For Erin Butler, girls volleyball coach, when the maximum number of players in a small group was changed from fourteen to twenty five people, she assumed it was to make practices more easier to work. Players wear masks at practice full-time unless there’s “a lot of physical exertion.” Social distancing is mandatory. The only equipment players can touch are the volleyballs. The coach takes down and puts the net up herself. Used equipment is cleaned after all practices, and during water breaks, participants sanitize their hands. Before practices, players have their temperatures taken, answer questions regarding COVID symptoms, and hand-sanitize.


“When using equipment, we go through a drill and then try our best to spray it down with hand sanitizer before the next,” says Regan Safonov, freshman volleyball player. “Overall, I’m super glad that we’re back and able to play again!” (Regan Safonov, Freshman)


In order to have a volleyball season, Sacramento must be in the orange tier [moderate country risk level] by March 15. Specific information regarding how games will work for volleyball with COVID-19 has not yet been released to the public.


Boys and girls golf began in February at Mather Golf Course with Co-Coach Lawrence Sargeant. They practice Monday-Thursday from 3:00-5:00 p.m. and are divided into three groups: girls, boys varsity and boys junior varsity. Players must stay in their assigned groups and socially distance. Players need to wear their masks when moving from vehicles to the designated area. Prior to practice, players have their temperatures taken with a non-contact thermometer and answer questions about COVID-19 symptoms.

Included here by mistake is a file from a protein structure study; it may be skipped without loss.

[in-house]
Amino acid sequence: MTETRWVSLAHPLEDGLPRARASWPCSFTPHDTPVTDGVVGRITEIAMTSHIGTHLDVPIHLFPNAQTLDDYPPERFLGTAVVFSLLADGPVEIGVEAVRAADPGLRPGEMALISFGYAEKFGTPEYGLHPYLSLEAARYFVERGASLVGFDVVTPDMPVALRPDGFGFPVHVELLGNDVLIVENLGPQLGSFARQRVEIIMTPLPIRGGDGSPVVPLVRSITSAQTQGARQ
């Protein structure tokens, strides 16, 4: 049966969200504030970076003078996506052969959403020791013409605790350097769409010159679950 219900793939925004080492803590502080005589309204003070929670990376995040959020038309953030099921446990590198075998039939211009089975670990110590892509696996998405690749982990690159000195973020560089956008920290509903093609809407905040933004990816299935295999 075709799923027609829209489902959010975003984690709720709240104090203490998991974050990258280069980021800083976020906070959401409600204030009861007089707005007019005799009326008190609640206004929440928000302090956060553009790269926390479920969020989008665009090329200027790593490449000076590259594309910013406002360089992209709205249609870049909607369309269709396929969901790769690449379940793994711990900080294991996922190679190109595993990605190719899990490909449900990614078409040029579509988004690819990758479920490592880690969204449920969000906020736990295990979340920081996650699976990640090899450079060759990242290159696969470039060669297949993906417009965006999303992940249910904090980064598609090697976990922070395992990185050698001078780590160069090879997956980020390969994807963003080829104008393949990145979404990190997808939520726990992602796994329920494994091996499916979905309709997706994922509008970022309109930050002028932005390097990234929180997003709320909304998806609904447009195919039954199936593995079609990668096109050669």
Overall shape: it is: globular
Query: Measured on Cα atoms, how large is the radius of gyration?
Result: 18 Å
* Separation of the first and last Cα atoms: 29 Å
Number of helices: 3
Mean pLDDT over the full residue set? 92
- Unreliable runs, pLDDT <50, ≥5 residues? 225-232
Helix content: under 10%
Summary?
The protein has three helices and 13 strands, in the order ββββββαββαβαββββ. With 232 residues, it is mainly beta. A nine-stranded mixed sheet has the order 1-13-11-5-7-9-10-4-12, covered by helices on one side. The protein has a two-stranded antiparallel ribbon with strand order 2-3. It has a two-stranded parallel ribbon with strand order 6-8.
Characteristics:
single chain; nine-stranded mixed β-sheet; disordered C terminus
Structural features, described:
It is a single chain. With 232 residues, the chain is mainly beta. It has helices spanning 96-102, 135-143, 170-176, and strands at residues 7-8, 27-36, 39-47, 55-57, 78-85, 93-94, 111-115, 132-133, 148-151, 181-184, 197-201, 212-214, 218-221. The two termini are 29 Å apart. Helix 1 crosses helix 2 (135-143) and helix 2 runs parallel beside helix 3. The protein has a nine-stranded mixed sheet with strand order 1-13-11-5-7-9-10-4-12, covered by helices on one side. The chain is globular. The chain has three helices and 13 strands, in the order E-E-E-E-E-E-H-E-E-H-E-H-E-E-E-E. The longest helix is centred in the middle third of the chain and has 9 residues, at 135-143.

Field hockey began last week . Players must wear masks at all times and stay six feet apart. Participants must provide themselves with their own individual equipment except for field hockey balls which are wiped after practices. Like with other sports, there are “wellness checks” before practice begins.


For girls tennis, their first match is this upcoming Thursday at Inderkum high school. Most weeks practices take place at BV’s courts on Tuesday-Friday from 3:10-5:00 p.m. Prior to practice, players receive health examinations and wear masks all times except for running sprints and always social distance. Like other sports, the girls practice in small groups, constantly clean equipment, and also have a table set with extra masks and hand sanitizers. Girls must bring their own rackets and water bottles and sharing these items is strictly prohibited. There has been no tennis players or staff that were positive with COVID but some players were exposed and had to quarantine. Head Girls Tennis Coach, Lori McDevitt said, “this group of girls really does a great job of helping to protect each other.”


Soon Bella Vista will know if competitions will be allowed for sports as March comes and February fades.